"Talia," I thought, "you don’t belong here."
Sitting five pews back from the pulpit I listened attentively to the Pastor.
I was with people, many who had, or were studying for, their Ph.D.’s.
I was often intimidated.
I didn’t speak at church-sponsored classes.
I didn’t read scripture aloud for fear of incorrectly pronouncing a word or sounding stupid.
I sat quietly.
I had never had such instructions and direction for my life.
But now I read the Bible constantly and I understood it.
I wanted to pray all day long.
I was the first one to church, and most times the last to leave.
And I learned that I had a lot of work to do.
Like the box of cassettes.
It was more difficult than giving up sex.
I looked through the box, remembering certain songs.
Like the Notorious B.I.G.’s, "The Warning."
Music gave me words for what I felt.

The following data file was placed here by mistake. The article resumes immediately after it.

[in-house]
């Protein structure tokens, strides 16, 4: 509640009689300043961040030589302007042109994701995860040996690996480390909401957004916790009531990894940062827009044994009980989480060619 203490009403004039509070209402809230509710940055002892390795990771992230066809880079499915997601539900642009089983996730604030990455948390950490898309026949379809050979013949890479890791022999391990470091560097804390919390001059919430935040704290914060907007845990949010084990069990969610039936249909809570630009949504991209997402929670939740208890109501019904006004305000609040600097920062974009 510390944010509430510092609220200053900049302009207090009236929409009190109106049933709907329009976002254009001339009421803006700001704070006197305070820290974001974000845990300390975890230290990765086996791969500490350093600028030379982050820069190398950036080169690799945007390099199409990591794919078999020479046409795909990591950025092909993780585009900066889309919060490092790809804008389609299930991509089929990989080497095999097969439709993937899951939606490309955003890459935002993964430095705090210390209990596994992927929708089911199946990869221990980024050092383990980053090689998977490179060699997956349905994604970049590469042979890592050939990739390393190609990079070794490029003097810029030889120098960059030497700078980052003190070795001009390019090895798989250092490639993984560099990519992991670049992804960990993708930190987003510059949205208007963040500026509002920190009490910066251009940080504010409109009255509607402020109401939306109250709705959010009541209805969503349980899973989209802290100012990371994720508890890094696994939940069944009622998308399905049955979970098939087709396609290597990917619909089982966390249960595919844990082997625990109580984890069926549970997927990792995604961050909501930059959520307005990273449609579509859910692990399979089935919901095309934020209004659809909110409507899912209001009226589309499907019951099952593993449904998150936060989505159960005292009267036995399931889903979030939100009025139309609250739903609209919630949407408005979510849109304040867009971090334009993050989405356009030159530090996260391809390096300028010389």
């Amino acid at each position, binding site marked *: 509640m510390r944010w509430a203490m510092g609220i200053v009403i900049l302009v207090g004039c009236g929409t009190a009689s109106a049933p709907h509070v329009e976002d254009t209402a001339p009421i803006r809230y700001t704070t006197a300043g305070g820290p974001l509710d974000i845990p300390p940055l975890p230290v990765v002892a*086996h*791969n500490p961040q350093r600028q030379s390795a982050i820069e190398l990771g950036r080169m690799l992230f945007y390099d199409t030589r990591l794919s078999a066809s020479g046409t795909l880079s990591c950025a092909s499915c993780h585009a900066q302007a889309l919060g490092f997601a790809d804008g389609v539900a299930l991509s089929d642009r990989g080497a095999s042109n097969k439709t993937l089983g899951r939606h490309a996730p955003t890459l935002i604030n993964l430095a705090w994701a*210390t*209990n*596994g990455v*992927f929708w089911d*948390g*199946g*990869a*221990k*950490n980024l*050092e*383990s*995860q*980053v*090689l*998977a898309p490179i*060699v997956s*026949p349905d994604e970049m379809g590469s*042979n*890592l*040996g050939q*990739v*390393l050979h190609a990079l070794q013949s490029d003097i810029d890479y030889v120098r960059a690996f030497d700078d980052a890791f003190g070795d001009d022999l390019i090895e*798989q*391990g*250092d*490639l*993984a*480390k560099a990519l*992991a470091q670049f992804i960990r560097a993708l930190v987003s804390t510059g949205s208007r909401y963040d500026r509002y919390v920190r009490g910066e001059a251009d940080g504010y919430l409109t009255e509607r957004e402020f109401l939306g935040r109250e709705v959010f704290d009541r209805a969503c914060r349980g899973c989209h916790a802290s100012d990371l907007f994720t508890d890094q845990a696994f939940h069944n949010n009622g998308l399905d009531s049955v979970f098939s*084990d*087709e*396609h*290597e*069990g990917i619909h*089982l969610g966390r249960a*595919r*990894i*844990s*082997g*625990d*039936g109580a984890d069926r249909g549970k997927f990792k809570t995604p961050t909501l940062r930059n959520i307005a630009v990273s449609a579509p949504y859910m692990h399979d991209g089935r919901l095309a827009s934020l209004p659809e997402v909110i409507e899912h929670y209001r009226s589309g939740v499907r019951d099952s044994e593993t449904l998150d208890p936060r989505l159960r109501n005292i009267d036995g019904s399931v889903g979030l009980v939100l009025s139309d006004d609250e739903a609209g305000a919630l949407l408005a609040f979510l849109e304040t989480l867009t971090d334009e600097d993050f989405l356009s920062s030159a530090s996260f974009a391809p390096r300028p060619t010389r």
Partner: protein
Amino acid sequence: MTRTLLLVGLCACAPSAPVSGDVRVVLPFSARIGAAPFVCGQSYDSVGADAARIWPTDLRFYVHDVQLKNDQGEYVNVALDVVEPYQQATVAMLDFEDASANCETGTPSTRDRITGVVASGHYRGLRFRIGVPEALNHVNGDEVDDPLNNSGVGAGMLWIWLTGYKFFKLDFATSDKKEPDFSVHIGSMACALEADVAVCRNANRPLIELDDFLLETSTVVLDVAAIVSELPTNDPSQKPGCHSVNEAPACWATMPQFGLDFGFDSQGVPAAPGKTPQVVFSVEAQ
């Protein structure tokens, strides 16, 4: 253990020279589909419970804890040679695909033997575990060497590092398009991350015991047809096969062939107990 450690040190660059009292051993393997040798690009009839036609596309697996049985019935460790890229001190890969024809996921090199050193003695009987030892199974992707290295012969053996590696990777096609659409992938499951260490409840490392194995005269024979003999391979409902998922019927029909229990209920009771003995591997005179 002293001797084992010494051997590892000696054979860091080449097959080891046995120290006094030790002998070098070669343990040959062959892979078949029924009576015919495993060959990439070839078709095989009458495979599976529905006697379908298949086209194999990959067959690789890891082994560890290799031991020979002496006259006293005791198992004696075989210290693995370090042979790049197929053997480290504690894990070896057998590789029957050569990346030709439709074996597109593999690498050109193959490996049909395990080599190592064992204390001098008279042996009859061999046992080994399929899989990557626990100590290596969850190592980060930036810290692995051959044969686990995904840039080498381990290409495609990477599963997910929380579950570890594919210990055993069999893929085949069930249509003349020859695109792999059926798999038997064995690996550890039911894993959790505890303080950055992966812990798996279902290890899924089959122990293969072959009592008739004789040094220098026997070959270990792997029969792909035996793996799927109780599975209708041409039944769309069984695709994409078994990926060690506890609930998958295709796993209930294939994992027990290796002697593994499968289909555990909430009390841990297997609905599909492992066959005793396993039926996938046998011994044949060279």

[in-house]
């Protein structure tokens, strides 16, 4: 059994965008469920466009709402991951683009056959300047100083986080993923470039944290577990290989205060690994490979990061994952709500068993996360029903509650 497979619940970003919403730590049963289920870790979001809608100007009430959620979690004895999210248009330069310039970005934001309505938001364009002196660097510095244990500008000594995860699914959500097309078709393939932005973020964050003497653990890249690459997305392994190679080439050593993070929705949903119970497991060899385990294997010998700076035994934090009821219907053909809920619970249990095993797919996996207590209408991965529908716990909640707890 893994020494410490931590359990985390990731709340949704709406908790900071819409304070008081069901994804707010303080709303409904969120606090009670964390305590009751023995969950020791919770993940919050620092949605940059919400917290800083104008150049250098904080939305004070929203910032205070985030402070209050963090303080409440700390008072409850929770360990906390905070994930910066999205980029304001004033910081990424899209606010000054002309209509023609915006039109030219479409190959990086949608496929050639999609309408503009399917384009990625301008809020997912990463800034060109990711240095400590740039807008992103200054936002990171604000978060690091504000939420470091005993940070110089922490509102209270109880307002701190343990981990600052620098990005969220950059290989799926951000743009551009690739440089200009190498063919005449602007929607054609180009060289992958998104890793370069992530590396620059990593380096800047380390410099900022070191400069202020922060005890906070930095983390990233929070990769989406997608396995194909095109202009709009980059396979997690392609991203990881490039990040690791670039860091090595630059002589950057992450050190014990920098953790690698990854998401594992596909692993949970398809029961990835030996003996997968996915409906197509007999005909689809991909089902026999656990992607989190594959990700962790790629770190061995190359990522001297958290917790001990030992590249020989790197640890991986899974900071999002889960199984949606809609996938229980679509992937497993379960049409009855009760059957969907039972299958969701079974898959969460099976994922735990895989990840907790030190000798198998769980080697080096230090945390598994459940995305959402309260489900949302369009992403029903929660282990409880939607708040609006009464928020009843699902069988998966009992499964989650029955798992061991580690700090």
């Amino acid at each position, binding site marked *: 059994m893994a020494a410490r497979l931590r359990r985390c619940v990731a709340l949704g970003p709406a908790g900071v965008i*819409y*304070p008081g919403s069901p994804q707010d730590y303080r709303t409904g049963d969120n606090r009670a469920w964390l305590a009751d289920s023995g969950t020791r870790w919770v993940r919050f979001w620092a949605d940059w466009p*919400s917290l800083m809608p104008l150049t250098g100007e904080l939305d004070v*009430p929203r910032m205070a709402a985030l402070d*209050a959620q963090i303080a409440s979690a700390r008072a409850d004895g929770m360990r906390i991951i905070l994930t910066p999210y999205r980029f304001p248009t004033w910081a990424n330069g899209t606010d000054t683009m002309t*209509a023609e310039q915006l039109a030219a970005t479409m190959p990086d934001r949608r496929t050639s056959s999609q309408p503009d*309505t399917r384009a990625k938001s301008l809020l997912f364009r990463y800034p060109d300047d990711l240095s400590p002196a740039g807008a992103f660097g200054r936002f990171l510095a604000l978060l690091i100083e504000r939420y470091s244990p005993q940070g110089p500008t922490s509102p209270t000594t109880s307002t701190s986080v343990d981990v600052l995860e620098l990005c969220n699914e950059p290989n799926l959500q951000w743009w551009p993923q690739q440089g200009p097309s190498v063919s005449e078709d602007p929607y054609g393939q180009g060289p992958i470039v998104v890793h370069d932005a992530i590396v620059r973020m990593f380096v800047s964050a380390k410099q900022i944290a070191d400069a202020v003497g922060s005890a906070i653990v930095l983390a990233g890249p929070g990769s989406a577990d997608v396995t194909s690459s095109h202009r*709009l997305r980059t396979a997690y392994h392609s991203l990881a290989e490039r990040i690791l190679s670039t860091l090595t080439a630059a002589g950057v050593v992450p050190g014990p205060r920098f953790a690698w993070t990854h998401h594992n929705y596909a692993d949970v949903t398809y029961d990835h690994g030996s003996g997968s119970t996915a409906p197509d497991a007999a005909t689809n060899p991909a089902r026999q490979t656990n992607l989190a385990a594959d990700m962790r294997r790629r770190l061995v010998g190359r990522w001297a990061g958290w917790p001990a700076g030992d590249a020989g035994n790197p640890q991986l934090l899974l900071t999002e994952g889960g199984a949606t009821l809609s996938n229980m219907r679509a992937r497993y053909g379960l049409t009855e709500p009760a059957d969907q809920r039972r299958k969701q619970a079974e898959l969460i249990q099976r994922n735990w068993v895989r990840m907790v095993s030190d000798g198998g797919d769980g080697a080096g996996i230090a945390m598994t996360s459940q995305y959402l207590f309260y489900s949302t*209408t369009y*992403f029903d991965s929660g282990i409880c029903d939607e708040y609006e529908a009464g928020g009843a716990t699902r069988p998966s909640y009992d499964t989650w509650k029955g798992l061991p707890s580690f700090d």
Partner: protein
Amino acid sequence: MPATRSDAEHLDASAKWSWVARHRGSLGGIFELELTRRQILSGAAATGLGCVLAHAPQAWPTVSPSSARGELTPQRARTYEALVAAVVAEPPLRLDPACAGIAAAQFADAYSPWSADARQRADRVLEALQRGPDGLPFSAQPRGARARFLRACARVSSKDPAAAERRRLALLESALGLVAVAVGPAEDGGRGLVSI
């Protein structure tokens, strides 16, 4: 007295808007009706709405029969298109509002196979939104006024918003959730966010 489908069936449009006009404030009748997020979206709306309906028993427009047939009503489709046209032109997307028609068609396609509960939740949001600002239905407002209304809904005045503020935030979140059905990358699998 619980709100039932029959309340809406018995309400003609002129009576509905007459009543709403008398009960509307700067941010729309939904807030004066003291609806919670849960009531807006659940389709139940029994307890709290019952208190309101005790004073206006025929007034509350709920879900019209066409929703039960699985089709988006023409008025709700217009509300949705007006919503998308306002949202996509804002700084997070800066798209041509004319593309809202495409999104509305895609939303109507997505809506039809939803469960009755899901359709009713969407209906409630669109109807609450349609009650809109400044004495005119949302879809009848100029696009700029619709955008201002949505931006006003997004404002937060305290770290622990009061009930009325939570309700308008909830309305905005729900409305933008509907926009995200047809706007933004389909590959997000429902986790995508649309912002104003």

How could I throw away what had been my savior for so long?
Free of emotional attachment, he took the box downstairs.
It felt like a funeral. I mourned.
I thought of all the money I spent on those tapes and CDs.
I heard Danny open the door.
I stood by the window and peeked out.
He walked to the dumpster and tossed in the box.
I heard my beloved tapes clanking against the dumpster’s metal.
Next, it was the skirt.
I didn’t own one but I noticed the women at the church either wore dresses or skirts.
I went to the Salvation Army and brought a skirt.
I took it home, washed it, and hung it in the closet, determined to wear it to church on Sunday.
On Sunday I woke up, went to the closet to get my clothes to iron, and reached past the skirt for a pair old jeans and a hooded sweatshirt. I had to smile.